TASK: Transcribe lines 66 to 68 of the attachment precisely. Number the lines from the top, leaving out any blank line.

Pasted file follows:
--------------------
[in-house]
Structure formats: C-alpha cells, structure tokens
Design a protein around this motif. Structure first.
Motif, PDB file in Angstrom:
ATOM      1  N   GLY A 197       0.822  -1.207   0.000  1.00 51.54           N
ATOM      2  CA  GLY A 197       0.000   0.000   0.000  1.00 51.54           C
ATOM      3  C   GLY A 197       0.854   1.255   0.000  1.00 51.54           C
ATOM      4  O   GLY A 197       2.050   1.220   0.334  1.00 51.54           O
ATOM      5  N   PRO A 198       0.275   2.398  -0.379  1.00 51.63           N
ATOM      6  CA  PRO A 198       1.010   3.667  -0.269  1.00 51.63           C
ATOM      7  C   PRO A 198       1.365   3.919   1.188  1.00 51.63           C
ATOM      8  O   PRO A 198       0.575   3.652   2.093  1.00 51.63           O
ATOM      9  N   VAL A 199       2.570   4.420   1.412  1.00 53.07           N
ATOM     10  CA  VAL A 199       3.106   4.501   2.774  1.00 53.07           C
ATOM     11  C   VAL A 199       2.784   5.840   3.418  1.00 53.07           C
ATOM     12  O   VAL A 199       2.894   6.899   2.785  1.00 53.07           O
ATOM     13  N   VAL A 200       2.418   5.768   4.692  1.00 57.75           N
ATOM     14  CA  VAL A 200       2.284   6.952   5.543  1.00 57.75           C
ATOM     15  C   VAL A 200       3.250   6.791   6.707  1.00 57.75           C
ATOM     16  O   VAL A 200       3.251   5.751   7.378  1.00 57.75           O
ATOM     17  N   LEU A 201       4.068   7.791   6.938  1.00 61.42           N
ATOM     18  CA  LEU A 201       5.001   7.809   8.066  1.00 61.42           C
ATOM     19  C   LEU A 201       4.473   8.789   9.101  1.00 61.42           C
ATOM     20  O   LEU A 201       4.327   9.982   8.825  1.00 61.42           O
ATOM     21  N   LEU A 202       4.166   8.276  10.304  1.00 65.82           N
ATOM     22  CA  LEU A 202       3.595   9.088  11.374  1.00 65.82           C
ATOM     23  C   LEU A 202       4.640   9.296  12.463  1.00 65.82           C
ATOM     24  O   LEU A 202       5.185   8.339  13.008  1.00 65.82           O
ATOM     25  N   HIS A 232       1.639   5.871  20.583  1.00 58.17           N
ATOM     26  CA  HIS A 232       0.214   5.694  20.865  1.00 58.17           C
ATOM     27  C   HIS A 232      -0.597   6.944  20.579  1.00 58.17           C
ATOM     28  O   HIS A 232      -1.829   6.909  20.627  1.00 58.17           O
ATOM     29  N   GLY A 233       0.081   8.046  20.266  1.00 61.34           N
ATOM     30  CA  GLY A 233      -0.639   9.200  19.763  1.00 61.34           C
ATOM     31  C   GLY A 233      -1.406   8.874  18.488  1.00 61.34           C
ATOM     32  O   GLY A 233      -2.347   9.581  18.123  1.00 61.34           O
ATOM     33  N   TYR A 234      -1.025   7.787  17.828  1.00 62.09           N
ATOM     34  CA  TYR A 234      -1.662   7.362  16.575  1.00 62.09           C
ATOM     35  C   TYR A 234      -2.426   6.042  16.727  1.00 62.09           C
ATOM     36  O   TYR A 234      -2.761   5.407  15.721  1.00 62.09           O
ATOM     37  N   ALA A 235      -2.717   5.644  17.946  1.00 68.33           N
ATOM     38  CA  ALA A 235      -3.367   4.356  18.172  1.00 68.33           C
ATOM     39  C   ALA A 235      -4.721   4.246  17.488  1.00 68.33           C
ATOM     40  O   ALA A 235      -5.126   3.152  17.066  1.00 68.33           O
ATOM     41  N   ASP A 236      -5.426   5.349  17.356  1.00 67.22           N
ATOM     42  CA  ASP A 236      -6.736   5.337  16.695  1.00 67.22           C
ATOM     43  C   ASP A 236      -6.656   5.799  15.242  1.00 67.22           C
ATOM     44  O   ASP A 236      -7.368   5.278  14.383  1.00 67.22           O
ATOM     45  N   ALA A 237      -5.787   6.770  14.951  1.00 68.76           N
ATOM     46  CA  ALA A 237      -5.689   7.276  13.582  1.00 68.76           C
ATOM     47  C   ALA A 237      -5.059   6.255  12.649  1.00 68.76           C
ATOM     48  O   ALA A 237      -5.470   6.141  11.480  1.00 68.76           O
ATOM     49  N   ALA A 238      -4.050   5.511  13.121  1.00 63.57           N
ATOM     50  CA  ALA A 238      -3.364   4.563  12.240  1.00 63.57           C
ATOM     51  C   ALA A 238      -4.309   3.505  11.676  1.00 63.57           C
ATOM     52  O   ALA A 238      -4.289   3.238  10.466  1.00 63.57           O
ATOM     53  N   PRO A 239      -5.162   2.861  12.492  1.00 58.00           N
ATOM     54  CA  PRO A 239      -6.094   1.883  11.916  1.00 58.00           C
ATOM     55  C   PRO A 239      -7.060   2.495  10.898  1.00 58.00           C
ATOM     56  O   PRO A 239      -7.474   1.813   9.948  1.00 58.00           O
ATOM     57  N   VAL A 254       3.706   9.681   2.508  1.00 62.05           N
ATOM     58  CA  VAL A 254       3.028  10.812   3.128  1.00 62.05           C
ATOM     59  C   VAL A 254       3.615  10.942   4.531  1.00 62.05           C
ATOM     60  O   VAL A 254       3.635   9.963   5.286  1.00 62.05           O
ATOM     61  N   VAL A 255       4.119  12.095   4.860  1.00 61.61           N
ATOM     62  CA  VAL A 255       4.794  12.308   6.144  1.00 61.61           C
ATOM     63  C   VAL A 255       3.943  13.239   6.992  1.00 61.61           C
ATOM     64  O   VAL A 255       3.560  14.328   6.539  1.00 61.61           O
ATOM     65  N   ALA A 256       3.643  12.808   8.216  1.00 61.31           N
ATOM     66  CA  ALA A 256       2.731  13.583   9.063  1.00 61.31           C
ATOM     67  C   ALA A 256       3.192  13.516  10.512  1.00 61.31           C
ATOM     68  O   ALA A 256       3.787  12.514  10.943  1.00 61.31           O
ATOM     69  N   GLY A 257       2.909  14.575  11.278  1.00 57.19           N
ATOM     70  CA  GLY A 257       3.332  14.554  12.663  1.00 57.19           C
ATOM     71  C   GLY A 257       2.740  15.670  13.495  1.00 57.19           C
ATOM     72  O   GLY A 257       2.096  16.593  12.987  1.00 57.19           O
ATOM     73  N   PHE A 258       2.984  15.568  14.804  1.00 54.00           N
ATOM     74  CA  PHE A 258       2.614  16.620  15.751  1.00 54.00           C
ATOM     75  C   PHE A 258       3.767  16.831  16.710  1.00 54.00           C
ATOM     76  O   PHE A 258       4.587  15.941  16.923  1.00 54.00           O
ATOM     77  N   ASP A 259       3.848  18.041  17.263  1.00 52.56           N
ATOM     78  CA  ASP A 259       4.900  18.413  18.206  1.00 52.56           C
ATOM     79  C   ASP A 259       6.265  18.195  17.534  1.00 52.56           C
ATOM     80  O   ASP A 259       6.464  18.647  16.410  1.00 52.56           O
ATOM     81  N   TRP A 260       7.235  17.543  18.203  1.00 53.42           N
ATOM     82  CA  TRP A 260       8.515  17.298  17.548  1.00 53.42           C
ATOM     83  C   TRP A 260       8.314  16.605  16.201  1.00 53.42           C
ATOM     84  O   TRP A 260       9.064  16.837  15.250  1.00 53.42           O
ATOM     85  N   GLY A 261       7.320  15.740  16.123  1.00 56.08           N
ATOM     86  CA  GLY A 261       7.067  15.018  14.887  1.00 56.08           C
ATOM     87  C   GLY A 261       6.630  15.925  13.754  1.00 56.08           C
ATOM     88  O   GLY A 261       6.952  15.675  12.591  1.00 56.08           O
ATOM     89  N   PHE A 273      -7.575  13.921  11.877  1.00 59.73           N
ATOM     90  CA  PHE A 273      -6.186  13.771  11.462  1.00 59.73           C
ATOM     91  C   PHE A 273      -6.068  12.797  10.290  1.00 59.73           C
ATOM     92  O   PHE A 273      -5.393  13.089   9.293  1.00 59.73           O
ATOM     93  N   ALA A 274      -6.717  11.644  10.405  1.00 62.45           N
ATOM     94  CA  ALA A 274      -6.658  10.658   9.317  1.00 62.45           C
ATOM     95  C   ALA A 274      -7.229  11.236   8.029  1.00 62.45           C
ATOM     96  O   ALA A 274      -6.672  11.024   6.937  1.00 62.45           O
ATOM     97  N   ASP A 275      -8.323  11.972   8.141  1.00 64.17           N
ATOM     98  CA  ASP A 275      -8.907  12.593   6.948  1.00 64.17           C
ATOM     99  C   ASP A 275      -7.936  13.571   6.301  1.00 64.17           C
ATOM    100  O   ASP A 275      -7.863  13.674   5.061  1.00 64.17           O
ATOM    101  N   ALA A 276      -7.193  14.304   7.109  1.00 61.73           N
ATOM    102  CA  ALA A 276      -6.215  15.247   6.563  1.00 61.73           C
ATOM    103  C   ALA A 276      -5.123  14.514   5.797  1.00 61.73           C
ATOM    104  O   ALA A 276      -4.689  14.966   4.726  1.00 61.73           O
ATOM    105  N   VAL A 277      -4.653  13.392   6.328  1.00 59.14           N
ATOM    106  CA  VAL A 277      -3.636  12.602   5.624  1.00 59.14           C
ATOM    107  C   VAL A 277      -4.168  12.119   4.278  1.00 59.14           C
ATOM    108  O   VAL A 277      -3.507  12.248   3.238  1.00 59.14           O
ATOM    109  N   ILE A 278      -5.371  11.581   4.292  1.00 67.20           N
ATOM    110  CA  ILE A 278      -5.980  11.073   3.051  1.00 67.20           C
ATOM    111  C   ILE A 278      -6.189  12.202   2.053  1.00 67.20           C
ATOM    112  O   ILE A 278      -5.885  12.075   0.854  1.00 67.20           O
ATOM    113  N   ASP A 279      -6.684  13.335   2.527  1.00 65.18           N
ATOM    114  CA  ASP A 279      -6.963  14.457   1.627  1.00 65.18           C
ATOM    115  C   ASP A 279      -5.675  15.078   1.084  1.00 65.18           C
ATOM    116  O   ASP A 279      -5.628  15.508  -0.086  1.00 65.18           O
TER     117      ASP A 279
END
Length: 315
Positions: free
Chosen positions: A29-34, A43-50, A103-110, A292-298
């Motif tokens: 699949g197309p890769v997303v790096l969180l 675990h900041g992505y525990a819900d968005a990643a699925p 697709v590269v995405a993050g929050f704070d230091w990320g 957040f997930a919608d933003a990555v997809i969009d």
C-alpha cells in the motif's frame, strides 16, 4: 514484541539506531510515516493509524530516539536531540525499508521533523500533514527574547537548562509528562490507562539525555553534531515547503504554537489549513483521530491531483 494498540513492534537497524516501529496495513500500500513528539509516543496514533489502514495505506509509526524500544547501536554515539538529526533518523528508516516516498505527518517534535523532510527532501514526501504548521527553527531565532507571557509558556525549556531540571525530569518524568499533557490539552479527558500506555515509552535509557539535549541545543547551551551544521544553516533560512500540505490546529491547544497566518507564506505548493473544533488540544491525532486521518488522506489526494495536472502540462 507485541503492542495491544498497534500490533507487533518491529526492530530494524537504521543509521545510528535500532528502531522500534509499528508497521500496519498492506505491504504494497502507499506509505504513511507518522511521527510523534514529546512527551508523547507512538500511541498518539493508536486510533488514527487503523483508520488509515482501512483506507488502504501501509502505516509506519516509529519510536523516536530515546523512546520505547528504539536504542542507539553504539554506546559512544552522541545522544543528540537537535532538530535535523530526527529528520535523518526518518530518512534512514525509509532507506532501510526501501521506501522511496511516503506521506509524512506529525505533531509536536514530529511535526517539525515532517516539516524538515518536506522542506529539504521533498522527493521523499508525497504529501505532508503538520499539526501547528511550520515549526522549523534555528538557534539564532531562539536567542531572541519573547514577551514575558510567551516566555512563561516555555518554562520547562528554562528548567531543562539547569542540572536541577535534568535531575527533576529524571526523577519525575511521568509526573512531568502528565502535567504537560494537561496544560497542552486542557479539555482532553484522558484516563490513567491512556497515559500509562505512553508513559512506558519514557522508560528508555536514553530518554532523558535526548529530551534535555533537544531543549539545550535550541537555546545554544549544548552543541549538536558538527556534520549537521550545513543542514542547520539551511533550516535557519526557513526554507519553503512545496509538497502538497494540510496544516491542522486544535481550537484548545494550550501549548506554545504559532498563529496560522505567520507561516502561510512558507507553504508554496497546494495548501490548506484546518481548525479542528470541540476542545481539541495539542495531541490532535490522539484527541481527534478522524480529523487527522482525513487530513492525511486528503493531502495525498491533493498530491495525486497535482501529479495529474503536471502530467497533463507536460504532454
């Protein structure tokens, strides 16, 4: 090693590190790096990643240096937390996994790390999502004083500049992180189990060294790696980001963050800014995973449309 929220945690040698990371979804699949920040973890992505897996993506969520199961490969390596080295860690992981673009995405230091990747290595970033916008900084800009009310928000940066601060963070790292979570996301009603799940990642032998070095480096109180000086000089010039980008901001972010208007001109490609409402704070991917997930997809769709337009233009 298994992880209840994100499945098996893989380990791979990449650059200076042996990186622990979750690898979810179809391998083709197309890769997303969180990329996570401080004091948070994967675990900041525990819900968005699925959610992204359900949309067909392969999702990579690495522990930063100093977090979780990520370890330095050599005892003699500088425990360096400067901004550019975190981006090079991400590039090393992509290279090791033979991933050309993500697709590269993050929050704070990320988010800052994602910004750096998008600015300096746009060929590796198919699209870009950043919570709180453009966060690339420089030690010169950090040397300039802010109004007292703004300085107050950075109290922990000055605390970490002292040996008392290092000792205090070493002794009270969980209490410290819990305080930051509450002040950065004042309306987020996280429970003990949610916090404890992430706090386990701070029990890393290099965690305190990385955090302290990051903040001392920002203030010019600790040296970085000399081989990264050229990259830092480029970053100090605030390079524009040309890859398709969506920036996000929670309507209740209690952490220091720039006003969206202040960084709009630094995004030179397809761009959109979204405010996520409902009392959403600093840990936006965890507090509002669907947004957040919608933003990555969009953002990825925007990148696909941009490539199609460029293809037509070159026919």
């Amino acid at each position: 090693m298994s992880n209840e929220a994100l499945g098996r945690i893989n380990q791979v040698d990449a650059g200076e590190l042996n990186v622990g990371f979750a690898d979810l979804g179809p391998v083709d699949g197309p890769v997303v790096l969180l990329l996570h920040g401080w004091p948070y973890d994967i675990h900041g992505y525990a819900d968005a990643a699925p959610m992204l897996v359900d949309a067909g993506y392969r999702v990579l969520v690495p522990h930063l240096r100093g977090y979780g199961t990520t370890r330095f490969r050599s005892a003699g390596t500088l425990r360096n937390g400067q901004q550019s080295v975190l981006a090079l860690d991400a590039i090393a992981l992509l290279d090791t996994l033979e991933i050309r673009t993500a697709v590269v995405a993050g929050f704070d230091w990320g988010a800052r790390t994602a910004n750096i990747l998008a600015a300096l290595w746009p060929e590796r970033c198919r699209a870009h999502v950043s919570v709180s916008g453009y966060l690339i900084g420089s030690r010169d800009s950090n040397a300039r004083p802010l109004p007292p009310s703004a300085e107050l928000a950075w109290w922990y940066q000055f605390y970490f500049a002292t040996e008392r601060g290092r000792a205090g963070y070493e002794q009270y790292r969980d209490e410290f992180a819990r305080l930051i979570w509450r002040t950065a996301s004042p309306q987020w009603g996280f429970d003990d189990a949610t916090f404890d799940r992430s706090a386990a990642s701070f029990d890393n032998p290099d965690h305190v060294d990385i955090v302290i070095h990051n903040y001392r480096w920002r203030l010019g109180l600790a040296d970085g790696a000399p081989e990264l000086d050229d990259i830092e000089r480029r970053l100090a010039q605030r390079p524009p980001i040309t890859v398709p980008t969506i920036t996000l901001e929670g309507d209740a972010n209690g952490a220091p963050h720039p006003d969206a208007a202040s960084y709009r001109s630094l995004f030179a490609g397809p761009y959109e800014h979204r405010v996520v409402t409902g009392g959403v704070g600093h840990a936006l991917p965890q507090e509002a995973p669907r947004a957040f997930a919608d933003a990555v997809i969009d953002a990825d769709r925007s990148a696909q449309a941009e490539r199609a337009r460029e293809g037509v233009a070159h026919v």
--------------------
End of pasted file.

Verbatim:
ATOM     62  CA  VAL A 255       4.794  12.308   6.144  1.00 61.61           C
ATOM     63  C   VAL A 255       3.943  13.239   6.992  1.00 61.61           C
ATOM     64  O   VAL A 255       3.560  14.328   6.539  1.00 61.61           O